CEL and it was the gas cap



I got a CEL(for about a week) on my 2005 Subaru Legacy that still was under powertrain and emissions warranty so I went to dealer. They had me sign for a $44 diagnostic fee. They read the code and it stupidly it was the gas cap loose at some point. (my wife loves full serve)

My question is if I had waited a few weeks would the light eventually go out since error condition had stopped or once on does CEL stick.

Thanksfully I got them to wave the diagnostic fee in paying for an overpriced rear brake job($300).


I hate to tell you this now, but you likely could have had that CEL read by a local auto parts store for free. Many of them will do that for you.

It is not unusual for a loose gas cap to cause a CEL, but it is also possible that it is something else. Even the same code could be a loose or defective gas cap or another problem with the vapor recovery system. We generally recommend checking for a loose gas cap first and often suggest replacing one next.

Your guess is right that in this case the light should have gone out after the cap was tightened and after the car was driven a few times without the loose gas cap.

The problem with assuming it is a loose gas cap, is that it could well be something else and that something else could be more serious or even a safety issue. It is best not to ignore a CEL in hopes that it will go away. HINT: Never ignore a blinking CEL. If it is blinking it is time to stop the car right where you are to avoid additional very expensive damage, even if it means pulling off the side of the freeway, don’t wait for an exit.

I would suggest avoiding trips to the dealer. Find a good local INDEPENDENT mechanic. In the long run it likely will save you a lot a aggravation and money. Even when under warranty there is seldom a need to visit the dealer. In this case you could have had the code read by the auto parts store for free and it would have cost you nothing.


“would the light eventually go out …”

Yes. A lit CEL will eventually go off once the error is condition is cleared. Depending on the code, the light may shut off immediately or it may linger for X number of drive cycles. A drive cycle is defined by the manufacturer; typically the car must travel at least A miles reaching B mph and then shut down. If the error condition is clear, then after maybe three drive cycles the light shuts off. This can easily occur in the course of a single day.


What threw me off was my cruise control light was flashing and disabled with a CEL on which I thought meant something more severe. This has been doing it for over a week and annoying my wife having no cruise.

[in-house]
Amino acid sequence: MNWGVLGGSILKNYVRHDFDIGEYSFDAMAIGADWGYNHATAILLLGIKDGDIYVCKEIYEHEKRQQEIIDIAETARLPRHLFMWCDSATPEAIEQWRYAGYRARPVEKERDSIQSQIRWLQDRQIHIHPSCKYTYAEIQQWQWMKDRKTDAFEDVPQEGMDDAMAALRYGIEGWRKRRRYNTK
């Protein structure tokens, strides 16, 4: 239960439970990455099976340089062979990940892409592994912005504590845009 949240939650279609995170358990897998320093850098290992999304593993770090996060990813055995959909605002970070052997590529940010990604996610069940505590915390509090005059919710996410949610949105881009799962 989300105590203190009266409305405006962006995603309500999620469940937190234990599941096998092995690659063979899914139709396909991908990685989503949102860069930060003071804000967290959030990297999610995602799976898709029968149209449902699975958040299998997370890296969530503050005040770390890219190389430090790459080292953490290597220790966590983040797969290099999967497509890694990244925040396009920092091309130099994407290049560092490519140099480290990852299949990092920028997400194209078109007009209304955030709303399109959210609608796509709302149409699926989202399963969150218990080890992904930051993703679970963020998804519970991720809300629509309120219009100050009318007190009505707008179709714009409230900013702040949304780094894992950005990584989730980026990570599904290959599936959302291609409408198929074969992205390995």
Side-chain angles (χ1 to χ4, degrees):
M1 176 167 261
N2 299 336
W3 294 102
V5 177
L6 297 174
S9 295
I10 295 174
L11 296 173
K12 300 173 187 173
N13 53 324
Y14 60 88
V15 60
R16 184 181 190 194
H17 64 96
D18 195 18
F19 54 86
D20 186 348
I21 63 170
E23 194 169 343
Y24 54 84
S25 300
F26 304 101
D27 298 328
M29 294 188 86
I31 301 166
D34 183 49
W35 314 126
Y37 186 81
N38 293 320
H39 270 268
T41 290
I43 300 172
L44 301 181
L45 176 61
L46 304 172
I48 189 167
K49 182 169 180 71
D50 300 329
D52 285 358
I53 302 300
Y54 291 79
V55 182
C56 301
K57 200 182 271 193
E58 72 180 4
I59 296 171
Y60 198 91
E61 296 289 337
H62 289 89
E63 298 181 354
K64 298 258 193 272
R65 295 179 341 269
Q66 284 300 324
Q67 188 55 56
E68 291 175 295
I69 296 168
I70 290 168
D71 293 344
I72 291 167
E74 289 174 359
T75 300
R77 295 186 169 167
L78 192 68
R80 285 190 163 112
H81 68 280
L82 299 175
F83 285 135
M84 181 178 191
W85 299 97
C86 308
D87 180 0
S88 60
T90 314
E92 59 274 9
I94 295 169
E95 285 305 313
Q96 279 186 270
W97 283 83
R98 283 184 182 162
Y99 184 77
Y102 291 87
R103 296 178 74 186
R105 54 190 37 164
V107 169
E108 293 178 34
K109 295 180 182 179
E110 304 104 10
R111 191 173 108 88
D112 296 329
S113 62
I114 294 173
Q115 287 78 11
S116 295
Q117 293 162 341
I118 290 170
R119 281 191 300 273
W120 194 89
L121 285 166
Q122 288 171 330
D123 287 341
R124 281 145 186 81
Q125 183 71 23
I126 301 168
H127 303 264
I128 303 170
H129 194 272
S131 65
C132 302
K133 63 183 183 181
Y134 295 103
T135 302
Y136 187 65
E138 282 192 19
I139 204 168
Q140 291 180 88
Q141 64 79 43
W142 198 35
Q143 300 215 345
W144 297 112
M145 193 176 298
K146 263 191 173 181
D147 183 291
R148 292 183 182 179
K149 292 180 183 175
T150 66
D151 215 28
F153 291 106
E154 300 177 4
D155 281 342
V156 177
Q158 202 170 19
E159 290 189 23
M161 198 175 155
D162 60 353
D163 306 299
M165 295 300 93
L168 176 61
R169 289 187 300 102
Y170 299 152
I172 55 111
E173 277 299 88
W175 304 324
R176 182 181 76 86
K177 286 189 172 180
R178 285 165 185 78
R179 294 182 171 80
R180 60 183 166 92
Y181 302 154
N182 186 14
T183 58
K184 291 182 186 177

My only reason for visiting dealer are Subaru Rewards(3% kickback up on credit card purchases up to $500/year). The $500/year does not go far as jobs are really high there though, sometime 50% higher than other shops I find.


How much money has that Check Engine Light and loose gas caps cost the American driver?


I don’t blame the CEL or the gas caps. I blame the federal regulatory beaurocracy with the runaway idle.

Every federal regulatory agency I can think of has bloated well beyond its original intent, fed on its need to continually justify its own existance.


Having your own code reader is a good thing to own I believe. For about the price of the diagnostic fee you can purchase one. If you are the handy type you may want to pick one up. Make sure you get one that will handle the protocol that Subaru uses for your model year if you do get one.


If you are still under warranty, you need to go to the dealer. I’m not clear why they wanted to charge you for the diagnostics since a CEL light will obviously affect emmissions which is a warranty item.


OBD-II polls all the sensors. If it sees that the sensor checking the gas tank is OK, it should reset on its own after a few restarts.


Eh? A little sunstroke, there, MB? A loose gas gap lets gasoline vapors out into the air, where (as unburned hydrocarbons) they contribute to smog and other pollution. The CEL coming on is a dope slap to the driver: “hey stupid, tighten the cap so the evaporative control system can do its job!” Carmakers are required to get their cars to a certain level of cleanliness, so they are entitled to turn the CEL on if the gas cap (which is part of anti-pollution gear) isn’t tight.